Imagine a world without pavement, paper or the pill
By Scott D. Pierce
The Salt Lake TribuneFirst published Jun 12 2013 05:32PM
What are the 101 inventions that changed the world?
Fire. Birth-control pills. Cellular phones. Light bulbs. Television. LEGO.
"Well, the list was chosen by a panel of eight advisers," said Bryton Sampson, a spokesman for The Leonardo, which is hosting the exhibition "101 Inventions That Changed the World" beginning Friday, June 14. "I can’t help but notice that one of them is Danish, and that might have played a role."
The exhibition, which is making its American debut at The Leonardo, is much more than just a list. The centerpiece is a multimedia presentation that’s like being inside a high-definition movie. There are 40 screens, horizontal and vertical, on which the story of those 101 inventions plays out. The system, dubbed SENSORY4, employs 40 high-def projectors, multichannel motion graphics and cinema-quality surround sound.
The producers, Grande Exhibitions, call it an "immersive display," which is an apt description.
"It’s pretty stunning," Sampson said. "Just calibrating all the AV — projectors, files, audio and all that — is a huge task. There are 6,000 video files."
The presentation runs about 40 minutes, and you can enter at any point.
"You might walk in and it’s on No. 82, and then you just stay until you’ve seen all of them," Sampson said.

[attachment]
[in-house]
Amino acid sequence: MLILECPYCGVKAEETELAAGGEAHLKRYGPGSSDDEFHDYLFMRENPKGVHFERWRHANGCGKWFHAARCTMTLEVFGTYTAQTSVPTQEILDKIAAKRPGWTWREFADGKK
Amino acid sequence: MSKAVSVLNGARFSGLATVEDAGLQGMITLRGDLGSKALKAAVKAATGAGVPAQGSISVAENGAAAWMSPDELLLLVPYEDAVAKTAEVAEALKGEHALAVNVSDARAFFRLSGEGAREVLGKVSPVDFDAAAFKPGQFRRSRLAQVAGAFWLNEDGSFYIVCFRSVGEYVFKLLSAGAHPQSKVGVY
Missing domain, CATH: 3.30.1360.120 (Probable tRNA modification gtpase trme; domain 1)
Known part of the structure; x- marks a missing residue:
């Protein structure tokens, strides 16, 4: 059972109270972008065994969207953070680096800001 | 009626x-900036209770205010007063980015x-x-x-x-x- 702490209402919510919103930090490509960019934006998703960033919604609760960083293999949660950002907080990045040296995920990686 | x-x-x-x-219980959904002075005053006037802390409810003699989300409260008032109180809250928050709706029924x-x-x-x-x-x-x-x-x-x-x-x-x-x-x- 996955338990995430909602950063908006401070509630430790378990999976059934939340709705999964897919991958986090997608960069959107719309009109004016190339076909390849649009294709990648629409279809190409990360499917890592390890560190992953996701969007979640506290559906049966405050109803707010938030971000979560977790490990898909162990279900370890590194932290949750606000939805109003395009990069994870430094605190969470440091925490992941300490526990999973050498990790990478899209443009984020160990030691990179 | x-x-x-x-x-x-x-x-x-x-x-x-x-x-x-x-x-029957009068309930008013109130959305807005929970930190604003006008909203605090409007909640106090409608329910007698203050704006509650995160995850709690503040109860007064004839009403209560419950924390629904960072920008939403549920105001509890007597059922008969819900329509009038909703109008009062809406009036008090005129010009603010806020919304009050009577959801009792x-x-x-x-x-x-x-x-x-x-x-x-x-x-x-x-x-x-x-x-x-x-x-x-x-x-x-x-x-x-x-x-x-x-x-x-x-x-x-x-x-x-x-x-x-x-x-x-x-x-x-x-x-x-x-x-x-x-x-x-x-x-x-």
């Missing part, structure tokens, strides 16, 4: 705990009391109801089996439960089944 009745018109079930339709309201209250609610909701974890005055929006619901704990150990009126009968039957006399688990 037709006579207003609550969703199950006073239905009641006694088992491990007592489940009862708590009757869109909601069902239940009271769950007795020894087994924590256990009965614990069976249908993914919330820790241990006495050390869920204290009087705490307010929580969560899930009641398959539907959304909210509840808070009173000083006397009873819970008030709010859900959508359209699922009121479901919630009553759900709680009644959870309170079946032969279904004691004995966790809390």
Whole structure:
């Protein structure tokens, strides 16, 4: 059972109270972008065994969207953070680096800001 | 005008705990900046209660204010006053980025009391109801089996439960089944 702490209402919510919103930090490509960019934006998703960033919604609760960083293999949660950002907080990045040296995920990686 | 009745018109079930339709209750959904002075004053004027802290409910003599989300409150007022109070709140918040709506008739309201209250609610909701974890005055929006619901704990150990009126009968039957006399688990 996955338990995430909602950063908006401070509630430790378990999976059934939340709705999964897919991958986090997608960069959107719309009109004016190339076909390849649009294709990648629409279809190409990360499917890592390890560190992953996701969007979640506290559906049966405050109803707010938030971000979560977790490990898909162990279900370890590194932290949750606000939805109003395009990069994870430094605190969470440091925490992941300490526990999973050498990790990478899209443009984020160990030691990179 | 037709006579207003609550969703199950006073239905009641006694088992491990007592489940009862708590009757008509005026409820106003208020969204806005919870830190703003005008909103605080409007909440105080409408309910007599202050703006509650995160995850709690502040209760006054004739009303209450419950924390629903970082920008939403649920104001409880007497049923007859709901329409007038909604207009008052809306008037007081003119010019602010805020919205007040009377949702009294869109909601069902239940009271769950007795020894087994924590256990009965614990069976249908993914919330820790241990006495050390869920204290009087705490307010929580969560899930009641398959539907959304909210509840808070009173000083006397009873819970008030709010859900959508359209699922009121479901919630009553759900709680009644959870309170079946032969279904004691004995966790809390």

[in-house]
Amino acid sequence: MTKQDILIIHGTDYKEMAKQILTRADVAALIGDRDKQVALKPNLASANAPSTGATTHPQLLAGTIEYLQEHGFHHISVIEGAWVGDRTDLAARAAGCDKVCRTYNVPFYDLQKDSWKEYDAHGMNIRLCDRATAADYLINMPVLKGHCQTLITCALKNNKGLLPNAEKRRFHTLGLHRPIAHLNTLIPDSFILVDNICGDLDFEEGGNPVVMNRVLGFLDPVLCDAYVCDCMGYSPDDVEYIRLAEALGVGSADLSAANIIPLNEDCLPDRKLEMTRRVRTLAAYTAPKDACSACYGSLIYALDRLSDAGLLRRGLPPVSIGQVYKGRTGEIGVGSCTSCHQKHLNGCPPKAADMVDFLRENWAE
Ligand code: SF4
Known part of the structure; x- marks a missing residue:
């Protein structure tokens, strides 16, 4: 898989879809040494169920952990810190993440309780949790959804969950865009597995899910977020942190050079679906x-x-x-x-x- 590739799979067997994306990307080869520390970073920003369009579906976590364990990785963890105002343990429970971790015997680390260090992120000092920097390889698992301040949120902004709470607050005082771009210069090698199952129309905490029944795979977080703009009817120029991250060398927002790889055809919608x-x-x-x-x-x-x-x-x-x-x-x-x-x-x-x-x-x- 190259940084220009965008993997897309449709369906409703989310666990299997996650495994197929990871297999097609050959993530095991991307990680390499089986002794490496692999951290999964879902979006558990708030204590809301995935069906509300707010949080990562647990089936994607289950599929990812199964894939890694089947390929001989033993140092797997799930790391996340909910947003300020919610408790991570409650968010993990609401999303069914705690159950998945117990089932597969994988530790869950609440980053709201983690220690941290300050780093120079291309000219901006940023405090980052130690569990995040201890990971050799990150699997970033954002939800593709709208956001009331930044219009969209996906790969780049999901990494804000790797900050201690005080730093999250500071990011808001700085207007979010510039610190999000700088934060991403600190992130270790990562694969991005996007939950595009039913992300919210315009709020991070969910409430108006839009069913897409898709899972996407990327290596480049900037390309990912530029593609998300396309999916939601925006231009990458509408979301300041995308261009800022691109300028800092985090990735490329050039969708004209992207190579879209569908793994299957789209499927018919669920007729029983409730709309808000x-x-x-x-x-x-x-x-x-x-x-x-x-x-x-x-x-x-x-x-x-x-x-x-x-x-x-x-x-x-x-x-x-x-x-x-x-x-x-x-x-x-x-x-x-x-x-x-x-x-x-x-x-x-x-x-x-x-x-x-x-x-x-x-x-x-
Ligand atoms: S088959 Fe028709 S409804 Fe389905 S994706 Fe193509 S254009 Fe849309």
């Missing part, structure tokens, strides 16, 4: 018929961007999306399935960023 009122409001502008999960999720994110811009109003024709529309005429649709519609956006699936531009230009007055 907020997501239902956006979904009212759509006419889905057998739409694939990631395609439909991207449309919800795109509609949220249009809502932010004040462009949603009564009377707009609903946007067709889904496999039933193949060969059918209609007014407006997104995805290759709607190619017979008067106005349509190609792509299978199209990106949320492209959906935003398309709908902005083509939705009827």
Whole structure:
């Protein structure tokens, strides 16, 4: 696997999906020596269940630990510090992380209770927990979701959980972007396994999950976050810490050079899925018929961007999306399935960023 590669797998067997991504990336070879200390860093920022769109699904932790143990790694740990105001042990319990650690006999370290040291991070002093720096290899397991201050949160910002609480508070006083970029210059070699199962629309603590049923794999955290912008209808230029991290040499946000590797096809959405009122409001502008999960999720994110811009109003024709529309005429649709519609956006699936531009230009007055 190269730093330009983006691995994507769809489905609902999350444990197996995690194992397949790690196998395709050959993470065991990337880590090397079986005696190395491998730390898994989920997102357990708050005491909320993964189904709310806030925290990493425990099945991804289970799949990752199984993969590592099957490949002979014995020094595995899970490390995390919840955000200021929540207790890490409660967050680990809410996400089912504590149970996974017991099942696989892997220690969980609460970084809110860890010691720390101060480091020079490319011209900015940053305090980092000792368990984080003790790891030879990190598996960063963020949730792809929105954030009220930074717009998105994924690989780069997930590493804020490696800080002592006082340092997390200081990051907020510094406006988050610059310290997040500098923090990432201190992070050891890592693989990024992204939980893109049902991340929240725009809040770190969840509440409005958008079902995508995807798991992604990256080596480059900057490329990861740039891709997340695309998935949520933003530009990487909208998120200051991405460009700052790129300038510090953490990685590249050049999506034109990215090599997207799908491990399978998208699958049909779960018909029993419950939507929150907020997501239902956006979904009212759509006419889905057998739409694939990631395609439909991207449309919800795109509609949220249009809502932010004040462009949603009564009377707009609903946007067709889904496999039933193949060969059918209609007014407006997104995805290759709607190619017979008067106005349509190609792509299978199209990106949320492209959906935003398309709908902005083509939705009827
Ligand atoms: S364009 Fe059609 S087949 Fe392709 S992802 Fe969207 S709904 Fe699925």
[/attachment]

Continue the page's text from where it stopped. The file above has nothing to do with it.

Seeing the entire exhibit will take between one and two hours. In addition to the main multimedia gallery, "101 Inventions" includes an Inventors Den, where visitors experience specific inventions like maps, microscopes, paper and the electric motor through hands-on activities and touch screens.
And there is the Explore with LEGO room, where kids and former kids can put their inventive skills to use in a variety of challenges — simple machines, robotics, powered mechanisms, renewable energy and NX Robotics.
In keeping with The Leonardo’s mandate, the "101 Inventions" exhibit is aimed at visitors of all ages.
"Even really young kids who don’t quite understand the importance of the inventions will enjoy the scenery and the colors and the sounds, because it is such a sensory experience," Sampson said. "Everyone is going to get something different out of it. The big one for me is seeing the building blocks of the technology we have today."
For example, the smartphone isn’t on the list, but pretty much everything that goes into making a smartphone — including digital photography, email, Internet and wireless communications — is.
And there are inventions we take entirely for granted that changed the world we live in. Like macadam — aka blacktop.
"Without that, we wouldn’t be able to drive down the streets comfortably. We’d be driving on dirt roads," Sampson said. "This exhibit is a lot of fun, and it will make you think."